Pope Francis: 'The beatitudes always bring joy'
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The beatitudes should be a defining feature of a Christian'"s identity because they reveal the way that Jesus lived his life, Pope Francis said Wednesday.
Vatican City, (CNA) - The beatitudes should be a defining feature of a Christian'"s identity because they reveal the way that Jesus lived his life, Pope Francis said Wednesday.
"The beatitudes always bring joy; they are the way to joy," Pope Francis said Jan. 29.
"It will do us good to take the Gospel of Matthew today, chapter five verses one to eleven, and read the beatitudes - perhaps a few more times during the week - to understand this road so beautiful, so sure of the happiness that the Lord offers us," he said in the Vatican'"s Paul VI Hall.
Pope Francis said that the beatitudes should be considered "a Christian'"s identity card" because they reveal "the face of Jesus himself."
"There are eight beatitudes," he said. "It would be nice to learn them by heart to repeat them, to have precisely in mind and heart, this law that Jesus gave us."
Pope Francis began a new series of catechesis on the eight beatitudes from Matthew's Gospel. In this series, the pope will reflect on one beatitude per week over the next two months in his Wednesday general audiences.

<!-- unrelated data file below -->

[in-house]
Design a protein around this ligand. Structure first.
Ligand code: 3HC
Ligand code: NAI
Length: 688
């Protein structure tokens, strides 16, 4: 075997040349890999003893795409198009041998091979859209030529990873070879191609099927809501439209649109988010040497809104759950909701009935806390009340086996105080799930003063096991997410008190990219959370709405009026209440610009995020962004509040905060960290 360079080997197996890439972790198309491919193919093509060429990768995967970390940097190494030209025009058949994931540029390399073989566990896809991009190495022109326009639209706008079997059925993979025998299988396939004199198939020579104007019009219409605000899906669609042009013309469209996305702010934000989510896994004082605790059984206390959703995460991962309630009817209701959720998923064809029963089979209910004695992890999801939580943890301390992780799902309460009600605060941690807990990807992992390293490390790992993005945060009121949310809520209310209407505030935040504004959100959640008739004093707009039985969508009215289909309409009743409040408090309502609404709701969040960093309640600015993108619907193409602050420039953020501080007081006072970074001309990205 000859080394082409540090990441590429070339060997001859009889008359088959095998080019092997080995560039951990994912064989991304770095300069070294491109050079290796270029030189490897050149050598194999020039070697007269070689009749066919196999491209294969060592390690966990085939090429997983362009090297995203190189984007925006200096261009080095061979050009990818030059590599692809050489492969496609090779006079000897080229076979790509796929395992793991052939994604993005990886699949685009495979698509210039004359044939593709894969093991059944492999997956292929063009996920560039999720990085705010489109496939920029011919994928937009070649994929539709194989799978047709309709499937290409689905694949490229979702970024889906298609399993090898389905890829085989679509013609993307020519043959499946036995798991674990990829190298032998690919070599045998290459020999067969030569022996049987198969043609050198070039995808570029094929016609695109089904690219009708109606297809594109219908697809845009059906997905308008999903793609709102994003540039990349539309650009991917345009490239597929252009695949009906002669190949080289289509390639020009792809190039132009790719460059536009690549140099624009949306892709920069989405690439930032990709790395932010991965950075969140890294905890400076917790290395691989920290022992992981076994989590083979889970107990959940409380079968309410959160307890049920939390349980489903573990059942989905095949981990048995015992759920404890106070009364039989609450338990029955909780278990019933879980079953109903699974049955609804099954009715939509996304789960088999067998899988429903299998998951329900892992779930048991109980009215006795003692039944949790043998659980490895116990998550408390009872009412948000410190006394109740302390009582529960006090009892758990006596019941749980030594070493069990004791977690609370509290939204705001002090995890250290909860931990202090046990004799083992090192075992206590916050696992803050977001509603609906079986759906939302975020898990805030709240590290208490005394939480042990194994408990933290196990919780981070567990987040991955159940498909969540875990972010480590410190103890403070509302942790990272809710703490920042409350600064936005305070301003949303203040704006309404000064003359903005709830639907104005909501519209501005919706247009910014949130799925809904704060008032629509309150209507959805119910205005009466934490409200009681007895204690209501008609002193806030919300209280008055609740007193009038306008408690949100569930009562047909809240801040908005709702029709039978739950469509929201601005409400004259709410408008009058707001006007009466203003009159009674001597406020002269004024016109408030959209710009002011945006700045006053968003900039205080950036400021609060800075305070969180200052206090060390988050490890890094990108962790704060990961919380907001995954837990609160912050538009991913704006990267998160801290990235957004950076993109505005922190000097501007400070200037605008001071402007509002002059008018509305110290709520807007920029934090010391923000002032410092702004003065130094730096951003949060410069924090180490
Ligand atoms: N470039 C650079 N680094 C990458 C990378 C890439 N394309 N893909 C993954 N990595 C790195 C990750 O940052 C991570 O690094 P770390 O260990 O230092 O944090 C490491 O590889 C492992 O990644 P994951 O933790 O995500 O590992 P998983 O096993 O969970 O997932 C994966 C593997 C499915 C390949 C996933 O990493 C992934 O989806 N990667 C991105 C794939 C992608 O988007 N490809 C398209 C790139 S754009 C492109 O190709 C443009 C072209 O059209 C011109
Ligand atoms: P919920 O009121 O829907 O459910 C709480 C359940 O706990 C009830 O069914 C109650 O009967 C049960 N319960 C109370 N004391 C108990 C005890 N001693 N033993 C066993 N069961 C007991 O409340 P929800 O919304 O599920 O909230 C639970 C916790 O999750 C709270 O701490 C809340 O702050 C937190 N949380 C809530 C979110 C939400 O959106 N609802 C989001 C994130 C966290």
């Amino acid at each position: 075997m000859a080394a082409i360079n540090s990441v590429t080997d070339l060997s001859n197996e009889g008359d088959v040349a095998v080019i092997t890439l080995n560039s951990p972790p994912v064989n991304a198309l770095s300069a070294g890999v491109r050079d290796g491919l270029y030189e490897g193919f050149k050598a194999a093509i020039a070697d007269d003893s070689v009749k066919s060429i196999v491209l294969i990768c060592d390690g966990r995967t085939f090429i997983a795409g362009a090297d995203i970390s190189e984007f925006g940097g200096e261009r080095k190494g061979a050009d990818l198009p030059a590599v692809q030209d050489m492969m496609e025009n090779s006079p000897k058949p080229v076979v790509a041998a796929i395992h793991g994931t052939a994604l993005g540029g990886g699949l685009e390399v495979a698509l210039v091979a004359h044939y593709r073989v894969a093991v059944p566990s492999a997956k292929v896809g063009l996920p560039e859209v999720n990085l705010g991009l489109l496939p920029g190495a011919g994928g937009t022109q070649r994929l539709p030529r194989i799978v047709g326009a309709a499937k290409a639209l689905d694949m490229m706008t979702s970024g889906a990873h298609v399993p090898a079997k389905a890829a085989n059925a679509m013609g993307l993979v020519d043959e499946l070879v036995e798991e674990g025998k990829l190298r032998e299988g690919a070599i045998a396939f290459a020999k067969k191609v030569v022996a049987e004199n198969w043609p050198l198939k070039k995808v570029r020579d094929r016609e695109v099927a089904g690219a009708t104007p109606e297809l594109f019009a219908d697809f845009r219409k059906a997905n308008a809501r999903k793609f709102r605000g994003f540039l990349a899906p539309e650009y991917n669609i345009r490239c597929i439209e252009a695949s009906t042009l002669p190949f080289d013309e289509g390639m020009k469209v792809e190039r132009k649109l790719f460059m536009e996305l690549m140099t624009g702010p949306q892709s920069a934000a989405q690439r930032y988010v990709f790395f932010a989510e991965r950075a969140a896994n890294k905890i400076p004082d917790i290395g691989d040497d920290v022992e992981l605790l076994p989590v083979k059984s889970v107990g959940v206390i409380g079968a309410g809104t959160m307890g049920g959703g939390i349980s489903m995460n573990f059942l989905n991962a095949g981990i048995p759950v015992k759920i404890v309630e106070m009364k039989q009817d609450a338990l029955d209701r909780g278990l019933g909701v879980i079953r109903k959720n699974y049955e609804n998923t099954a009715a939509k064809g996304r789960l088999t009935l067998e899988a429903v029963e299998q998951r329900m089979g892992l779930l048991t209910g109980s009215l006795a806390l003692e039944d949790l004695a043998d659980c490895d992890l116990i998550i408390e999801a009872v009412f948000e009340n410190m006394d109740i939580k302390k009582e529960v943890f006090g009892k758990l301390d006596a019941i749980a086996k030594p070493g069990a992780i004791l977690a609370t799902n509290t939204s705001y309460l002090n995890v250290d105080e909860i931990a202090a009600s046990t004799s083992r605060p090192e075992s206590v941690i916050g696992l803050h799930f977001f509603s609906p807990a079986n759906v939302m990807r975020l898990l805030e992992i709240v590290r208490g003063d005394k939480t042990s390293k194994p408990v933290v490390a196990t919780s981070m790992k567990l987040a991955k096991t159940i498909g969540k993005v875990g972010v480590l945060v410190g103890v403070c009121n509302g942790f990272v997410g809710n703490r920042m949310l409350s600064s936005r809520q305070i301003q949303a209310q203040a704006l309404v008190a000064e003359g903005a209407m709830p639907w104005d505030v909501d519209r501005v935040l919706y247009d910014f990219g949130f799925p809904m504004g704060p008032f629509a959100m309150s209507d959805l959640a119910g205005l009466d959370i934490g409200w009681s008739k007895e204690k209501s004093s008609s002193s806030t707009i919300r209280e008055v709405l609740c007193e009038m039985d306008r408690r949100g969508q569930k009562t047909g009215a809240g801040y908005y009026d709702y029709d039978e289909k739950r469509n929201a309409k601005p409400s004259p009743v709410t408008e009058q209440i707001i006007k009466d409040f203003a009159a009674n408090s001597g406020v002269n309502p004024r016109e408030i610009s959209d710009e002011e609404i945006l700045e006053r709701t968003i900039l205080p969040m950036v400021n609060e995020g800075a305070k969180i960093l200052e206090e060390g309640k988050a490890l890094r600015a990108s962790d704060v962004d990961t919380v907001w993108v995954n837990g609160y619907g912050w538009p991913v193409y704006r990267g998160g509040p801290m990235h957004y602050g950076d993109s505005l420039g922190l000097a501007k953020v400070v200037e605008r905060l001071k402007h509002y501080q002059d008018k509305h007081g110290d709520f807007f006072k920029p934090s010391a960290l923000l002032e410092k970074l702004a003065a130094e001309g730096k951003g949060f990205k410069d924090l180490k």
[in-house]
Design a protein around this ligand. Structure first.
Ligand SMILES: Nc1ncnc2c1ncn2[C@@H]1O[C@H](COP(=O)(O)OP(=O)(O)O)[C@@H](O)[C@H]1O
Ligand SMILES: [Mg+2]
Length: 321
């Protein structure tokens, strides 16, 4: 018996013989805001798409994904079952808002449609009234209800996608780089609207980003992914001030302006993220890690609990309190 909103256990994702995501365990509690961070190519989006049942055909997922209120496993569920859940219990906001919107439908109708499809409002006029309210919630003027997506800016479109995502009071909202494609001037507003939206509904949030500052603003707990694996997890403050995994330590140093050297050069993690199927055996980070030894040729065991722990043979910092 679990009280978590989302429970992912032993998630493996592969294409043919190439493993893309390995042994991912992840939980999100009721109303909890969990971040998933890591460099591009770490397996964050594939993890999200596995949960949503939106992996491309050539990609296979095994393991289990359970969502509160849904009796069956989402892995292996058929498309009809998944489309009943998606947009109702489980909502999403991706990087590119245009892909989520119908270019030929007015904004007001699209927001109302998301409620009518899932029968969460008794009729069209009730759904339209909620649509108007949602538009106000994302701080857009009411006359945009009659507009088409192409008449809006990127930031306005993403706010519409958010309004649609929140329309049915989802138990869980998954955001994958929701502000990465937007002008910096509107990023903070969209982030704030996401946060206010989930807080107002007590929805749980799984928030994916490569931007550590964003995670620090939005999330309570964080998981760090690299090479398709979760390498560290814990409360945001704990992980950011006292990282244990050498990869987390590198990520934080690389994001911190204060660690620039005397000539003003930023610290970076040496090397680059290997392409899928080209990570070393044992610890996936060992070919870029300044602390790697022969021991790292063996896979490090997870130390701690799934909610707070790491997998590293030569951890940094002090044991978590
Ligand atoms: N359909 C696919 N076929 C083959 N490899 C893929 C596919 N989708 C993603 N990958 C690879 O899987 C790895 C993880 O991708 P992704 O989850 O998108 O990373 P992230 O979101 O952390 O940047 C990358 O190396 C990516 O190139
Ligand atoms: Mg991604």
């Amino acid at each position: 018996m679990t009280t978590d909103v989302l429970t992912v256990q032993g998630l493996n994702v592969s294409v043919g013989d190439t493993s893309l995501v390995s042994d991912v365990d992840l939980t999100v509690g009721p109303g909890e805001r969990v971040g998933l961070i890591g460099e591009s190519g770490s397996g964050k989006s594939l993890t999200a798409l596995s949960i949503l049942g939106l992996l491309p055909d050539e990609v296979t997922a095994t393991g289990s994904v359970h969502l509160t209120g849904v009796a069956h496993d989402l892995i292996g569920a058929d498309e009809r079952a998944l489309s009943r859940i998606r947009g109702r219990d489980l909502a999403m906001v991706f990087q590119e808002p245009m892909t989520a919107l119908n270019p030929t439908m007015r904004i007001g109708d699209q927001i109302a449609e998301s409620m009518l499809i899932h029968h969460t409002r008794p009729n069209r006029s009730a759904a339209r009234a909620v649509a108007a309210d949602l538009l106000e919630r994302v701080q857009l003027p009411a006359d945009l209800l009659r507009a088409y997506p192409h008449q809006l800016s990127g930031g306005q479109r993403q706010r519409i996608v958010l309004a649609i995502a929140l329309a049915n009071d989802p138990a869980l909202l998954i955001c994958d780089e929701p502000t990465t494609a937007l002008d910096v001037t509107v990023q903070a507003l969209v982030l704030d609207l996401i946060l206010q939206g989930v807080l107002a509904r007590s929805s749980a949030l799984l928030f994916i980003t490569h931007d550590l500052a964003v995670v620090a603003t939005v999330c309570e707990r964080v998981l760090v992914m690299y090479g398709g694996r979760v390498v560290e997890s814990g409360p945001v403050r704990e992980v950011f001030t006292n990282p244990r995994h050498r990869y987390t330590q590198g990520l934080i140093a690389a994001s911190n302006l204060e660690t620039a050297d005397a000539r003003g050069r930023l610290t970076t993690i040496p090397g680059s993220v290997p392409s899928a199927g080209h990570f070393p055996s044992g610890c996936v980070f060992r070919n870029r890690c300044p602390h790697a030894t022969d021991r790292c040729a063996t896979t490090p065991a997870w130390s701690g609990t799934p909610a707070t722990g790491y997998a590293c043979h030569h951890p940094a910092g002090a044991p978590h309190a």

The pope said that the beatitudes are a message for all of humanity.
"It's hard not to be touched by these words of Jesus, and it is a just desire to want to understand them and to welcome them more fully," he said.
Francis clarified that the beatitudes bring one the true joy of being "blessed," which is different from worldly happiness.
"It is the Easter joy," the pope said.
In giving himself to us, God often chooses "unthinkable paths" that test our limits, bringing tears or defeat, the pope said. It is the joy of one who "has the stigmata, but is alive, one who has died to himself and experienced the power of God."
"But what does the word 'blessed' mean? The original Greek term makarios does not indicate one who has a full belly or is doing well, but is a person who is in a condition of grace, who progresses in the grace of God," he said.
The pope noted that Jesus taught the Beatitudes as a part of his "Sermon on the Mount," adding that the mountain is an allusion to Sinai, where God gave Moses the Ten Commandments.
"Jesus begins to teach a new law: to be poor, to be meek, to be merciful. These 'new commandments' are much more than norms. In fact, Jesus does not impose anything, but reveals the way of happiness," Pope Francis said.
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